to within the heating convergence tolerance.

  • For gas, electric or steam coils, the required coil output is set to . Then the coil simulation is fired (Call SimulateHeatingCoilComponent or SimulateSteamCoilComponents).

Finally the unit sensible output is calculated:

where PsyHFnTdb is the EnergyPlus function giving enthalpy as a function of temperature and humidity ratio.

References[LINK]

No specific references.

Variable Air Volume Fan Powered Single Duct Air Terminal[LINK]

Overview[LINK]

The input object AirTerminal:SingleDuct:VAV:Reheat:VariableSpeedFan provides a model for variable speed (VS) fan VAV terminal unit that is a typical VAV reheat unit with the addition of a variable-speed blower fan to assist in moving supply air from the plenum to the conditioned zone. It is typically used with under-floor air distribution systems (UFAD) where the supply air is sent at low static pressure through an under-floor supply plenum. The fan has two maximum flow rate settings: one for cooling and one for heating. The cooling maximum is usually the actual fan maximum while the heating maximum is a lesser flow rate. The fan is upstream of the heating coil (this is a blow-through unit). The heating coil can be hot-water, electric or gas. Cooling control is obtained by varying the supply air flow rate from the cooling maximum to the minimum flow rate. Heating control is established by varying both the heating coil output (or hot water flow rate for hot water coils) and the supply air flow rate. Note that for this unit the minimum supply air flow rate is the flow rate when the fan is off.

Model[LINK]

The VS fan VAV terminal unit is modeled as a compound component consisting of two sub-components: a fan and a heating coil. In terms of EnergyPlus objects the fan is a Fan:VariableVolume object and the heating coil is a Coil:Heating:Water, Coil:Heating:Electric or a Coil:Heating:Fuel. The terminal unit is a forward model: its inputs are defined by the state of its inlets: namely its air inlet and its hot water inlet, if it has a hot water coil. The outputs of the model are the conditions of the outlet air stream: flow rate, temperature and humidity ratio. The terminal unit data and simulation are encapsulated in the module SingleDuct. The main simulation routine for the unit within the module is SimVAVVS.

Inputs and Data[LINK]

The user describes the terminal unit by inputting the name and type of the heating coil and the name and type of the fan. The user must also specify the connectivity of the component by naming the inlet air node; the air node connecting the fan and heating coil (fan outlet, coil inlet); the unit air outlet node (same as the zone inlet node); and hot water inlet node (if any). Maximum flow rates need to be specified (although these can be autosized): maximum cooling and heating air flow rates and the maximum hot water flow rate (if there is a hot water coil). Minimum flow rates are specified by giving by giving a minimum flow fraction for the air flow and a volumetric flow rate minimum for the hot water. For the units with hot water coils the relative convergence tolerance for the hot water flow rate also needs to be input (or allowed to default).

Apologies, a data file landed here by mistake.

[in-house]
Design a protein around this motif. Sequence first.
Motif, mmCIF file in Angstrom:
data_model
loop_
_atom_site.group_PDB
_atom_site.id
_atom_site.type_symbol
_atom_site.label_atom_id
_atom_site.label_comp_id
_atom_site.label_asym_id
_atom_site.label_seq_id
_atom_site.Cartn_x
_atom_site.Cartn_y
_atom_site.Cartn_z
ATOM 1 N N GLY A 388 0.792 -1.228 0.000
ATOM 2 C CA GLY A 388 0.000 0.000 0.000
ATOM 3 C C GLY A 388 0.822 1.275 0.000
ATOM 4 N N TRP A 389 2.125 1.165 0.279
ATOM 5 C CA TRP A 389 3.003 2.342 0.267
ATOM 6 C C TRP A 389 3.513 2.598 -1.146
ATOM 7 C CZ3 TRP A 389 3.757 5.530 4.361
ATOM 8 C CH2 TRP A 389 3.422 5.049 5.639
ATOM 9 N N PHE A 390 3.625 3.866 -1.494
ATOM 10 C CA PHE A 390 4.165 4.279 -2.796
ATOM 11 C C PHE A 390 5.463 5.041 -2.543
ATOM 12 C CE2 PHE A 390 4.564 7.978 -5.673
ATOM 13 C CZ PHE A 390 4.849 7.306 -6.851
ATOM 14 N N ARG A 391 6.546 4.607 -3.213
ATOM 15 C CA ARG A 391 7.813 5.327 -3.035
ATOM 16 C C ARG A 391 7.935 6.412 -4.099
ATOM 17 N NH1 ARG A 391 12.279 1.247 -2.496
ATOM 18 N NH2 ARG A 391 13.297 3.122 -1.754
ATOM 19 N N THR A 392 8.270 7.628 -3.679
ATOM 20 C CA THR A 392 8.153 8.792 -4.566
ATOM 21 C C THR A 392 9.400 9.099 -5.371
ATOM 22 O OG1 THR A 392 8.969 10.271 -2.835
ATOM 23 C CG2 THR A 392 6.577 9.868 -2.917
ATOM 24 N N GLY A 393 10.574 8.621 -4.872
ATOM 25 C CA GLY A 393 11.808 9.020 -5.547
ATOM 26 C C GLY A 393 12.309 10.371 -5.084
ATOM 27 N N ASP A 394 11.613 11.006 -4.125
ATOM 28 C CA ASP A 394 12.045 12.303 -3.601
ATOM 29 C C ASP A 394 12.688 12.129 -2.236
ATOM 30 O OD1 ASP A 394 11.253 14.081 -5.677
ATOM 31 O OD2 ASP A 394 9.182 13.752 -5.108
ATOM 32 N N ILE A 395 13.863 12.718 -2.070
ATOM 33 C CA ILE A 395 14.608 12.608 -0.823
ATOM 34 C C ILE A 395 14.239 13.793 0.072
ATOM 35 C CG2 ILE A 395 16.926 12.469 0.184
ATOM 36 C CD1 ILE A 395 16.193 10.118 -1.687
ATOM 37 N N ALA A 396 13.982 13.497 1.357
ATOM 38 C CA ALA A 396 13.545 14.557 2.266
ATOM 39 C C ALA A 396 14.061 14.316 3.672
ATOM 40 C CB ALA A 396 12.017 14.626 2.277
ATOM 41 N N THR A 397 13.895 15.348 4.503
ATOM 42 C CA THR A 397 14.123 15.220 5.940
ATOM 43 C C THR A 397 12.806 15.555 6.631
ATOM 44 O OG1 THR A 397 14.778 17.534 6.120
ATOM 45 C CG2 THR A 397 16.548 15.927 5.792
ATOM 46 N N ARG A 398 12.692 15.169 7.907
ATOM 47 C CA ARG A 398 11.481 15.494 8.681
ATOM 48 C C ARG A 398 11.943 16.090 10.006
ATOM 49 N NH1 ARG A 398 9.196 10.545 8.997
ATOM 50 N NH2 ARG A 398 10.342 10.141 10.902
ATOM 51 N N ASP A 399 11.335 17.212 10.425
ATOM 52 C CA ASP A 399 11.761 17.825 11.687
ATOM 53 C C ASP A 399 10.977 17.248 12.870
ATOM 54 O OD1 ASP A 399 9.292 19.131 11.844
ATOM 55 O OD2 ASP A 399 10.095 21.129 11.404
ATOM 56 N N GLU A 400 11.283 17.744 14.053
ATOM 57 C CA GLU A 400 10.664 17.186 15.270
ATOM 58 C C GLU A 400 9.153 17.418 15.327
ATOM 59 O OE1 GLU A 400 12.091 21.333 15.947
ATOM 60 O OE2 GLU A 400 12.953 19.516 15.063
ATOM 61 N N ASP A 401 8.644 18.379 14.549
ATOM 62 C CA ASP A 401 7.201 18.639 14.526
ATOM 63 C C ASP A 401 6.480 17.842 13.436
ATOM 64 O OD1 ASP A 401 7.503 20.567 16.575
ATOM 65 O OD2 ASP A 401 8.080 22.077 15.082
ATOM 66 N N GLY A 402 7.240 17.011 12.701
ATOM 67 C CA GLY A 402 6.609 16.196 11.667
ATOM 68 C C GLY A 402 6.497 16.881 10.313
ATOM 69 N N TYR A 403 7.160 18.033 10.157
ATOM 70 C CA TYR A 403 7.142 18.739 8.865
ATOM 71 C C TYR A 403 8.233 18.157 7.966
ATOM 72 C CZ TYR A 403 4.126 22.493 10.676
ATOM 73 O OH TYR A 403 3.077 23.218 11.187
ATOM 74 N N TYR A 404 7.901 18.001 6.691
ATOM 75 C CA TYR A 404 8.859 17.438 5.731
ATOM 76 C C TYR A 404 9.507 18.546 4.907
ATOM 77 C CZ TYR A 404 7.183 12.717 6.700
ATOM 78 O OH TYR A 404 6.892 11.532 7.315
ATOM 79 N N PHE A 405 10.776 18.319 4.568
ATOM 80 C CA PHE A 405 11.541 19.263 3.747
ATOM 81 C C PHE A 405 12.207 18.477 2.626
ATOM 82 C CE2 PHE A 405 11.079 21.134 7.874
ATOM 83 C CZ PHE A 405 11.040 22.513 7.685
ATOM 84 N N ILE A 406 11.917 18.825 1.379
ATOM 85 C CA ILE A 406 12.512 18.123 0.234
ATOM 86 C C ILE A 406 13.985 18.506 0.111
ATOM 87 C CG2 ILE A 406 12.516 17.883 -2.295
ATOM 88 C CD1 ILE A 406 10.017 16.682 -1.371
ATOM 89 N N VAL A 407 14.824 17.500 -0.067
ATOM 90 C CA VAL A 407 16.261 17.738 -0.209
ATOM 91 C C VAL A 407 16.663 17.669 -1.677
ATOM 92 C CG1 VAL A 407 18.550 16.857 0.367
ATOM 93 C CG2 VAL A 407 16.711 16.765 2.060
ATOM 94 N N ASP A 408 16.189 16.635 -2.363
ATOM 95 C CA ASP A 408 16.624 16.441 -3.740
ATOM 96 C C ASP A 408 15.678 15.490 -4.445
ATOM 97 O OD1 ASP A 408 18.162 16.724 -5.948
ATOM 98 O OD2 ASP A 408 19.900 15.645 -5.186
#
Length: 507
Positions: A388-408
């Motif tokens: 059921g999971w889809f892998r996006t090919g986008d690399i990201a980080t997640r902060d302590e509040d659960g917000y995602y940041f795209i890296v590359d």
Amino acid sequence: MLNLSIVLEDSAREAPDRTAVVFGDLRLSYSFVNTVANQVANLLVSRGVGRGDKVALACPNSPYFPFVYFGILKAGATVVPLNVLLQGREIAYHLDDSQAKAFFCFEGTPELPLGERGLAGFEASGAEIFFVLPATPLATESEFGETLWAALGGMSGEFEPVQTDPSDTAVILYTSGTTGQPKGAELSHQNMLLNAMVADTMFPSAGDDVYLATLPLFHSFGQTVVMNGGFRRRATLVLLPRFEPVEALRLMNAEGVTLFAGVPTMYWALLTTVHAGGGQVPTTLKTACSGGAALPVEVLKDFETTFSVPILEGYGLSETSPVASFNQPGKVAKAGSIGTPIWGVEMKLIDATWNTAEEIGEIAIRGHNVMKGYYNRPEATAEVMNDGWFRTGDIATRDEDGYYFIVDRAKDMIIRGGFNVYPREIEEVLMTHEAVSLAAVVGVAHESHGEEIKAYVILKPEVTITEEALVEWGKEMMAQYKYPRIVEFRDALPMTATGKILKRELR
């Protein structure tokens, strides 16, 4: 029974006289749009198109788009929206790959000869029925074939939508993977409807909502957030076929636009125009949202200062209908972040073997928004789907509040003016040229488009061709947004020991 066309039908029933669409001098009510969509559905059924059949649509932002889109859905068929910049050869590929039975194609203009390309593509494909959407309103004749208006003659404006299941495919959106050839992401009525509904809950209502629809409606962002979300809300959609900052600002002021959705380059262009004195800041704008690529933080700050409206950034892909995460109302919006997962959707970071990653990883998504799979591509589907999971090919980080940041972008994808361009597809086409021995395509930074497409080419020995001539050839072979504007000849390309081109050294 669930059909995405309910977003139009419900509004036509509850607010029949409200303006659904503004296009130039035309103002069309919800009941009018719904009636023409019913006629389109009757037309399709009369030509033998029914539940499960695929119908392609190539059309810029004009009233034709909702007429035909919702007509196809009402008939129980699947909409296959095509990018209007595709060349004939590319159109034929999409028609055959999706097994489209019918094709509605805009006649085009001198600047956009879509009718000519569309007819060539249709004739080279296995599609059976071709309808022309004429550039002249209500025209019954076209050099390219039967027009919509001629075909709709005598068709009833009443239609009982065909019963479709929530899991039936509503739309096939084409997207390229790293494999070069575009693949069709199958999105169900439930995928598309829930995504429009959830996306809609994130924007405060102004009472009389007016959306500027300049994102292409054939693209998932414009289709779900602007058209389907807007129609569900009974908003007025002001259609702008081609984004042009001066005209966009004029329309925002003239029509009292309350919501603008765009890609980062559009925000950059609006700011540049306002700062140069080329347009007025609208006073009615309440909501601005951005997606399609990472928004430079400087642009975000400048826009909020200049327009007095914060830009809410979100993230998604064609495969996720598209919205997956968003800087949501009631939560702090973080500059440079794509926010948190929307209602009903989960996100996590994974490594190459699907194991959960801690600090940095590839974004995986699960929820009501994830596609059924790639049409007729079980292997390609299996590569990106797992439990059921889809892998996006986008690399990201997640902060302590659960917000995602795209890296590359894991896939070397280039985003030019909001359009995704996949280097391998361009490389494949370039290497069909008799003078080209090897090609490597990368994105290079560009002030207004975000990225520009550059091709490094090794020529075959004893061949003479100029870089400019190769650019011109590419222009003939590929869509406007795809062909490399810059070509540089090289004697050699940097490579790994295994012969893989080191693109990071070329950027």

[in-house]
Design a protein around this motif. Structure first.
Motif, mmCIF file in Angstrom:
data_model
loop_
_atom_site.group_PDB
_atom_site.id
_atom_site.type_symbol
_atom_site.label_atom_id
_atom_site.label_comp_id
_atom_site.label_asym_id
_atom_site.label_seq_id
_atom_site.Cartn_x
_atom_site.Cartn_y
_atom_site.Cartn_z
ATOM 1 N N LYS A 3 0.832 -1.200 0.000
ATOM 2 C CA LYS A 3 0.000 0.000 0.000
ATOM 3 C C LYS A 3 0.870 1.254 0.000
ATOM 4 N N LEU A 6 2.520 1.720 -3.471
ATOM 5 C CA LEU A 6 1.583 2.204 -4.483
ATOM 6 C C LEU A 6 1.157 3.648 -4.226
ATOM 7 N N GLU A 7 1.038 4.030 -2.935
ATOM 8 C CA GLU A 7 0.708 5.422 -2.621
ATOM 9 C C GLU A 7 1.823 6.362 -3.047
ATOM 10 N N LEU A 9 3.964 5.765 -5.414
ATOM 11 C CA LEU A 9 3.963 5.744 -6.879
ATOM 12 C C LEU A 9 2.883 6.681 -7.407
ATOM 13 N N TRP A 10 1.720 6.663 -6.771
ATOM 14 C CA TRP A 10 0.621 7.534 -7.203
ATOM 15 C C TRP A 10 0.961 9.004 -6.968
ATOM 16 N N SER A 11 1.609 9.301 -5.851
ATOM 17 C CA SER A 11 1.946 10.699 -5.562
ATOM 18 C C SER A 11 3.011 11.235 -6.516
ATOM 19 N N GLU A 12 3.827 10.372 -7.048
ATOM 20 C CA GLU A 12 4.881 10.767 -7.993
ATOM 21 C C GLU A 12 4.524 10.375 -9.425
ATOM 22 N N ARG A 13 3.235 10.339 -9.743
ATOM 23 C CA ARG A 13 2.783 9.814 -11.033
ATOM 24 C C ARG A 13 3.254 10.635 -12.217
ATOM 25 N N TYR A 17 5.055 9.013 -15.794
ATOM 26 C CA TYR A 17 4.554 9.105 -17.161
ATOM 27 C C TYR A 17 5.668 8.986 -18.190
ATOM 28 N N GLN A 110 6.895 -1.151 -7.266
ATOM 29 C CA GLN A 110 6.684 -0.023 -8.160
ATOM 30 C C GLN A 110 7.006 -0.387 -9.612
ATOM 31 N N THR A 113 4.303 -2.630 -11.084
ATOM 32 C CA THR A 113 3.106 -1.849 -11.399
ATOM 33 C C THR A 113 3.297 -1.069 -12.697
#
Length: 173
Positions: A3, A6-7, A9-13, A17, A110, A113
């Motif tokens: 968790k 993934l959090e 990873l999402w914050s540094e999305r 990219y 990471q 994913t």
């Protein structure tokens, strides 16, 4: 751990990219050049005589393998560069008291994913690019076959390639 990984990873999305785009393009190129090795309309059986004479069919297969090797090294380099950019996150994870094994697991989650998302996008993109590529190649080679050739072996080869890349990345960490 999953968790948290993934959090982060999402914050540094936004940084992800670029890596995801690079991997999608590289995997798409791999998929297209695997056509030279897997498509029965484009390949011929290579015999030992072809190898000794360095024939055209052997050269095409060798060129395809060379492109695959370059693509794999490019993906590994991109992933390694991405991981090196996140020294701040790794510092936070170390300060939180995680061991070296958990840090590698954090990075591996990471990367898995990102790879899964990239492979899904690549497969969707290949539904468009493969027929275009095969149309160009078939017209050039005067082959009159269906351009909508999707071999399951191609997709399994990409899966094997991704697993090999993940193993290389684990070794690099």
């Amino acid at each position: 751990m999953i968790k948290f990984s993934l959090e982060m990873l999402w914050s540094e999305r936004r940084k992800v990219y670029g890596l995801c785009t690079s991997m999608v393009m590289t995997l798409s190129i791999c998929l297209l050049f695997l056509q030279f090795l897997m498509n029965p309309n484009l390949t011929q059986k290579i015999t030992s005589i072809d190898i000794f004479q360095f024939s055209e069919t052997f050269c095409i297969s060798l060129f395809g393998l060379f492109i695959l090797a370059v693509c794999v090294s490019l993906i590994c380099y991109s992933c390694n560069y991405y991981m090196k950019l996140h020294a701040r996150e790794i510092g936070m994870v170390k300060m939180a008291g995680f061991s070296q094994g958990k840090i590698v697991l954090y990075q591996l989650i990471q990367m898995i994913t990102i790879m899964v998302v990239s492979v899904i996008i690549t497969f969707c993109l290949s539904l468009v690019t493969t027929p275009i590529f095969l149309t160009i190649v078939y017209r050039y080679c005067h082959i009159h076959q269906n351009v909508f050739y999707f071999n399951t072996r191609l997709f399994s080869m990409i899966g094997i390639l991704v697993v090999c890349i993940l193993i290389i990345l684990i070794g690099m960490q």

All input data for the VS fan VAV terminal units is stored in the array sd_airterminal.

Calculation[LINK]

Given the needed inputs, the output is calculated in subroutine CalcVAVVS. The temperature and humidity of the supply air stream are taken from the inlet air node. The inlet air flow rate and the hot water flow rate are passed in as parameters. If the coil is electric or gas the coil heating power is passed instead of the hot water flow rate. Then

The fan is simulated (call SimulateFanComponents). If the fan is off the fan outlet conditions are set to the inlet conditions.

The heating coil is simulated (call SimulateWaterCoilComponents if the coil is a hot water coil; call SimulateHeatingCoilComponents if the coil is gas or electric).

Finally the sensible load met by the terminal unit is calculated and passed back to the calling routine:

Note that data is never explicitly passed between the sub-components. This is all handled automatically by the node connections and the data stored on the nodes.

Simulation and Control[LINK]

From the result of the zone simulation we have the heating/cooling demand on the terminal unit . For the given inlet conditions CalcVAVVS will give us the terminal unit heating/cooling output. We need to vary the air or hot water flow rate or the heating coil power (for gas or electric coils) to make the unit output match the demand. To do this we need to numerically invert CalcVAVVS: given the output, we want one of the inputs – the air or hot water flow rate or the heating coil power. The numerical inversion is carried out by calling subroutine SolveRegulaFalsi. This is a general utility routine for finding the zero of a function (the residual function) of a single independent variable. In this case the residual function calculates . SolveRegulaFalsi varies either the air mass flow rate, the hot water mass flow rate or the heating coil power to zero the residual.

The unit is simulated in the following sequence.